When considering stigma, 64 (48.9%) of the patients feel stigmatized by keloids while 55 (42.0%) of the patients do not feel stigmatized. Twenty eight (56.0%) of the patients who felt stigmatized had lesions in conspicuous parts while 24 (46.2%) had lesions in non-conspicuous parts. On the other hand, 26 (50.0%) of those who had keloid lesions in hidden parts of the body did not feel stigmatized compared with 21 (42.0) patients who had keloids in conspicuous parts and did not feel stigmatized. These differences were, however, not significant ( P < 0.001).

Although more females (39 or 59.1%) felt stigmatized by the presence of keloids than males (25 or 45.5%), this was not statistically significant. Expectedly, of the 24 patients who felt keloids had affected their relationship with others, 17(70.8%) had keloids in conspicuous parts of the body, while only 3 (12.5%) had them in non-conspicuous parts and 4 (16.7%) had keloids in both conspicuous and non-conspicuous parts. There was a statistically significant difference among those who had lesions on conspicuous parts and feel their relationship was affected and those who had them in non-conspicuous parts with the same feeling.

When asked how the patient felt with keloids, 74 (56.5%) felt keloids were parts of their bodies and cope very well with it, 11 (8.4%) always feel ashamed and hide the keloids, 2 (1.5%) patients took rest when they had pain or itching while 9 (6.9%) of the patients found it difficult to cope with keloids.

Suggested methods of preventing keloids by the respondents included avoiding wounds and accidents, 70 (53.4%), early immunization and avoiding scratching suggested by one patient each, while 36 (27.5%) did not know how to prevent keloids.


  Discussion Top


For centuries, keloids have been an enigma. [5] Keloid management can be difficult and frustrating, (both to the patient and the attending physician) and mechanisms underlying keloid formation are only partially understood. [6] In fact, keloids and hypertrophic scars have affected patients and frustrated physicians for centuries. [1] Although people of all ages suffer from these conditions, the patients are often young and otherwise healthy, and become burdened with an activity limiting lesion or psychosocial stresses associated with a perceived esthetic defect. [5] The average age of the patients in this series is 31.74 34 years, showing keloids as a rather young age medical problem.

Majority of the patients correctly identified the possible etiologies of keloid lesions in this study showing a good knowledge of etiology of the problem. It could be suggested that this is because the pathology is common in this environment.

The patients carried lesions for several years with 86 (65.6%) of them having carried the lesions for 2-10 years, while 24 (18.4%) of them have lesions since childhood [Table 1]. The lesions had been present on respondents for an average of 4.6 2.6 years. This shows the chronic nature of these lesions and indeed a number of these patients had sought one form of treatment or another for a long time with no or little improvement. It has been observed that keloids remain one of the most challenging dermatologic conditions to successfully treat and may have significant psychosocial impact for the patient. [7]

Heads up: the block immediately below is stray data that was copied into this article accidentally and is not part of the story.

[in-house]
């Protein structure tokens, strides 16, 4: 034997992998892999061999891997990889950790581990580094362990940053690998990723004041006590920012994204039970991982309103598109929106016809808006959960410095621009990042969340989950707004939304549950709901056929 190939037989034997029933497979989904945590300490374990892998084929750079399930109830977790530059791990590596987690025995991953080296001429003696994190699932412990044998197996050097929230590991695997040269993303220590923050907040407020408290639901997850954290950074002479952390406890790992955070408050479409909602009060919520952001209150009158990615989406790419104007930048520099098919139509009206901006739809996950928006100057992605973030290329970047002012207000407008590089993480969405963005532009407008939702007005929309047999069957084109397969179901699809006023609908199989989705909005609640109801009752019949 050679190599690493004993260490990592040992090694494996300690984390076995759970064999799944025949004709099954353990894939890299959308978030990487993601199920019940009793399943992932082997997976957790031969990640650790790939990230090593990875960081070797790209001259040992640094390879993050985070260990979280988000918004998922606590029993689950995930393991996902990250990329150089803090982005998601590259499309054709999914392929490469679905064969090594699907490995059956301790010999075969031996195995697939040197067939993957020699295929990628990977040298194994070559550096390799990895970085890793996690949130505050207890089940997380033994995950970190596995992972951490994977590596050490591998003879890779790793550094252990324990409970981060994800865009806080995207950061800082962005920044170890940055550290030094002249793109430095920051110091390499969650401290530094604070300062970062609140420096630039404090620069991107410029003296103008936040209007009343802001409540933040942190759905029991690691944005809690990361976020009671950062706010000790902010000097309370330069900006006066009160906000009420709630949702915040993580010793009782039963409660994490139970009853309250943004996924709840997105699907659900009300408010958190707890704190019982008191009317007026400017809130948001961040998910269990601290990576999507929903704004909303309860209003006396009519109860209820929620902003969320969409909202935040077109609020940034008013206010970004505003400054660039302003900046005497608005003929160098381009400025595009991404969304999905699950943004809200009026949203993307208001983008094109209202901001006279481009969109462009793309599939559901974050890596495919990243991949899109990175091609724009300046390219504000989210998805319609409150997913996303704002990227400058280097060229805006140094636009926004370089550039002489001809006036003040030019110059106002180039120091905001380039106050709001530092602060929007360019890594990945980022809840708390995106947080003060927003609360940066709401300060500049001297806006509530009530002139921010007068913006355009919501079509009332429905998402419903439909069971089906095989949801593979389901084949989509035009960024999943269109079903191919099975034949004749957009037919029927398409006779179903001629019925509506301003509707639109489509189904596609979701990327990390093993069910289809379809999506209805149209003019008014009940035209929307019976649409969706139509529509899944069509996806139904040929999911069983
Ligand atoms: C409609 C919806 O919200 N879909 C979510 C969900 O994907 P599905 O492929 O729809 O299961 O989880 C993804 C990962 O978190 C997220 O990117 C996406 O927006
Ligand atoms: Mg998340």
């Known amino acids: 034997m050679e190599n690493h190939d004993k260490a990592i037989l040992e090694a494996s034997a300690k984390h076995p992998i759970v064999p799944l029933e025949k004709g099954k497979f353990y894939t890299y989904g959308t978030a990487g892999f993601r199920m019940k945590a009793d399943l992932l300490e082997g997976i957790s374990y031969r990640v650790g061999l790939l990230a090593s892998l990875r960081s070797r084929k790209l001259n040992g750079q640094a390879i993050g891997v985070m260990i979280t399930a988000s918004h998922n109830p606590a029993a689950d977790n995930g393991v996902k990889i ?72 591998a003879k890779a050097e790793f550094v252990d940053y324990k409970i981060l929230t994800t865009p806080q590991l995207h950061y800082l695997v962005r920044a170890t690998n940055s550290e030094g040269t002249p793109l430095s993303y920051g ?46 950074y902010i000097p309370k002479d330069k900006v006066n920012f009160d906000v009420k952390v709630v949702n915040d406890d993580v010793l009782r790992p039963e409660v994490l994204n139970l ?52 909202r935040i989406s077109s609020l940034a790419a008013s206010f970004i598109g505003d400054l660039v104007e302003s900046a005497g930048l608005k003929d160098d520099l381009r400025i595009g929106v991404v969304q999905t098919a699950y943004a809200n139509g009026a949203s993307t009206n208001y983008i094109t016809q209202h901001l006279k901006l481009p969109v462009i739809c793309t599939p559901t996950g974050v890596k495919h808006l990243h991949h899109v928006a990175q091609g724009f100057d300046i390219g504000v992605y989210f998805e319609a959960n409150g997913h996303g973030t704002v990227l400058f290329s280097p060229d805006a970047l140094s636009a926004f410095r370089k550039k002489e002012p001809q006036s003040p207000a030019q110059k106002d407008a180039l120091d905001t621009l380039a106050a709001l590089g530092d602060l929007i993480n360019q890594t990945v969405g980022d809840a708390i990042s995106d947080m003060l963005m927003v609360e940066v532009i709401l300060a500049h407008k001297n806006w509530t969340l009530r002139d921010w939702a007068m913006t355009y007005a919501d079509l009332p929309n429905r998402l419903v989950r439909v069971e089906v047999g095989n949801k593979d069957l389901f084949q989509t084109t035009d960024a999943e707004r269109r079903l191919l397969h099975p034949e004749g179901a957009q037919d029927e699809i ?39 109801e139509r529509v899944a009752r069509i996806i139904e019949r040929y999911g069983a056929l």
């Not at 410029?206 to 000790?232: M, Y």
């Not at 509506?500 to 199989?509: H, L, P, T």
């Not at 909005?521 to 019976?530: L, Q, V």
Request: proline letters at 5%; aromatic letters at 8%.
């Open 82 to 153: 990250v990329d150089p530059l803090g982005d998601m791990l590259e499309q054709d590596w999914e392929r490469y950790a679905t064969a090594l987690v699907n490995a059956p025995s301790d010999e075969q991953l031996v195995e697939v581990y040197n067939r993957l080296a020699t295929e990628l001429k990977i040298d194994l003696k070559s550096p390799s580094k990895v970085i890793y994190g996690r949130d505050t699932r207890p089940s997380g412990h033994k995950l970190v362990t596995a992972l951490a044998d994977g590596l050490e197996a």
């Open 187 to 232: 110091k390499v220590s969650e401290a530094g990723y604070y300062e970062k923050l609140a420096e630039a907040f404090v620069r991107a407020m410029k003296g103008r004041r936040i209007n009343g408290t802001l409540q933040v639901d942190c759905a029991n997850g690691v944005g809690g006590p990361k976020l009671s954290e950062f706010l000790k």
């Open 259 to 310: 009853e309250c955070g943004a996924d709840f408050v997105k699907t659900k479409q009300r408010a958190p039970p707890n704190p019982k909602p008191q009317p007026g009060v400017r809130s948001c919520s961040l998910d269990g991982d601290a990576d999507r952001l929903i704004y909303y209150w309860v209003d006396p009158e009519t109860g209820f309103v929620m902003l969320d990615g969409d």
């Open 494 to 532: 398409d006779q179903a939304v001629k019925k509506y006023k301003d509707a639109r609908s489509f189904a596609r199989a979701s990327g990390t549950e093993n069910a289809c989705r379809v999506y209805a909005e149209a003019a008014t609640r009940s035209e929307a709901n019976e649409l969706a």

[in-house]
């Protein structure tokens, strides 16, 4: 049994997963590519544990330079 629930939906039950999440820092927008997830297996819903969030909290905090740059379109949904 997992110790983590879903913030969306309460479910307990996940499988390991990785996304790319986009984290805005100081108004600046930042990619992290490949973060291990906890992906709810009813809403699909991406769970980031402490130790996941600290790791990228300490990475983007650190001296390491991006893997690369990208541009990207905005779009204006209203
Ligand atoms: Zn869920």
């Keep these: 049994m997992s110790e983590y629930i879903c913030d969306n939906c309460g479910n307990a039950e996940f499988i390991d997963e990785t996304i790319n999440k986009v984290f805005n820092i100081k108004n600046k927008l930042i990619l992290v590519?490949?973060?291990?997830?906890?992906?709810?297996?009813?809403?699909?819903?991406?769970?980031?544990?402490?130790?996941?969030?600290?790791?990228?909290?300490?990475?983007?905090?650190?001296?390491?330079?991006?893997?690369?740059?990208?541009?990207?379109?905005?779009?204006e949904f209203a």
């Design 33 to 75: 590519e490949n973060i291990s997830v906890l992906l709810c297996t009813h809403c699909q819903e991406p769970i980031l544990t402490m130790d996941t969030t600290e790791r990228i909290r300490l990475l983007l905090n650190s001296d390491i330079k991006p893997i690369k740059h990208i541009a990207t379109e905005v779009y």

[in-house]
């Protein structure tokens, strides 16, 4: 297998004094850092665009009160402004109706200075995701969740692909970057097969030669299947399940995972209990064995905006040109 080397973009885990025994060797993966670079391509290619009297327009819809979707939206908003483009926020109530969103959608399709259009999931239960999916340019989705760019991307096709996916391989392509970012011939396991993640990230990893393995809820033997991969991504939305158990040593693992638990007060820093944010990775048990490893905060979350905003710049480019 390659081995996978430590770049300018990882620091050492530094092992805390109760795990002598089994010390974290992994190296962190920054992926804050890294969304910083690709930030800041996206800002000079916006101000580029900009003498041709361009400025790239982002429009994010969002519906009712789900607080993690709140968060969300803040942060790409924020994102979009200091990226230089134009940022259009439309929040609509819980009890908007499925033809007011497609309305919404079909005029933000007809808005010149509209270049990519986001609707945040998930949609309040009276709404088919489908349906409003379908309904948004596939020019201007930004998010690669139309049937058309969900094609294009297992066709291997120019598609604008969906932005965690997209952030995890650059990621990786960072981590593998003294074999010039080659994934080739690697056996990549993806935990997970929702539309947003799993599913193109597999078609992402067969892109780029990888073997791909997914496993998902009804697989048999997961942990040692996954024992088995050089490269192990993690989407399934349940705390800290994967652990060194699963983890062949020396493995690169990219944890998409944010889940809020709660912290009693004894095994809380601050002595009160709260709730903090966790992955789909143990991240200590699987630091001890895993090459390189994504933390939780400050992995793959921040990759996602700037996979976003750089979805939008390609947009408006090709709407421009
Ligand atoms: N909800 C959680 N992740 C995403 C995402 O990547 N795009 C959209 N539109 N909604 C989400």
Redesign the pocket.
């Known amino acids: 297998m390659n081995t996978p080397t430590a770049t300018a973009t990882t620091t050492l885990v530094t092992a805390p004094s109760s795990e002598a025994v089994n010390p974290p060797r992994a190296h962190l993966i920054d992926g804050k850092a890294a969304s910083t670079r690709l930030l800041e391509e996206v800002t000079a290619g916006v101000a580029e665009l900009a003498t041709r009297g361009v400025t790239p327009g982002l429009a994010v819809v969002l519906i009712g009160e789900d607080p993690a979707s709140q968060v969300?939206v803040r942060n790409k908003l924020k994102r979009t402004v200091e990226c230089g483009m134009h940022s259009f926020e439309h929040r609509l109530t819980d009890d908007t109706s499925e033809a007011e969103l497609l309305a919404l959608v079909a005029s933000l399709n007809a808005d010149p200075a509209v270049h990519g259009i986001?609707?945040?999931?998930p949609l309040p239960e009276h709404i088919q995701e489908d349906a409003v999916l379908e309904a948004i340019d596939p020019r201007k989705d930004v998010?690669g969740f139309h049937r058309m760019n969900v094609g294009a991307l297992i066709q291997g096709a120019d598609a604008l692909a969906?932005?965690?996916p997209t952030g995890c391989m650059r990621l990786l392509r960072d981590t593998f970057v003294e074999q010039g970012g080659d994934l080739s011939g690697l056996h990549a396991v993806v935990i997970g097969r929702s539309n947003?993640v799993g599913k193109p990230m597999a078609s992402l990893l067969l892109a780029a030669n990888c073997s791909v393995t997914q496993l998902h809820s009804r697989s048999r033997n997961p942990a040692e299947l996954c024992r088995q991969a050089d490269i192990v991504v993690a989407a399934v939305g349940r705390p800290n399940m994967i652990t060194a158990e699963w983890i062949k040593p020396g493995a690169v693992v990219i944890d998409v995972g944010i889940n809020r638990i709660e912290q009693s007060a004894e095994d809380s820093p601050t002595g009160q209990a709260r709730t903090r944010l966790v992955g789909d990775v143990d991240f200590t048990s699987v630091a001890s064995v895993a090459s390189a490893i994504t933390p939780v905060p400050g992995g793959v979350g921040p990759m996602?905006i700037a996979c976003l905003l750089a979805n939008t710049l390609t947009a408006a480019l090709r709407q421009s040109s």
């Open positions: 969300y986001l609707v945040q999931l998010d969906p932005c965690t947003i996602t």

Only 16 (12.2%) of the patients in this study complained that keloids had effect on their works, while 104 (79.4%) claimed that keloids have no effect on their works. This suggests that keloids do not affect daily chores of a significant number of keloid patients in this study. However, those who claimed that keloids affected their jobs also claimed that this happened when they had pain or when the keloid was infected and gave offensive odor.

Keloids as a complication of wound healing have been observed to be esthetically unacceptable to the patient. [2],[8],[9],[10] It has also been observed that patients' dissatisfaction and psychological issues may arise from scarring. [11],[12],[13] Although people of all ages suffer from these conditions, the patients are often young and otherwise healthy, and become burdened with an activity limiting lesion or psychosocial stresses associated with a perceived esthetic defect as observed by Meier and Nanney, [14] and severe negative impacts on the quality of life of patients with keloids have also been reported. [15] Forty seven (35.9%) of the patients in this study claimed that keloid lesions limit their social interaction while an equal number of patients interact freely without any limitation. Although most, 123 (03.9%) of the patients were not embarrassed by the presence of keloids, more patients (64 or 52.5%) consider keloids as creating stigma, while 55 (45.1%) of the patients did not think keloids create stigma. It could be observed from this study that most of the respondents were aware of the non-contagious nature of keloid lesion and thus be able to educate others on keloids.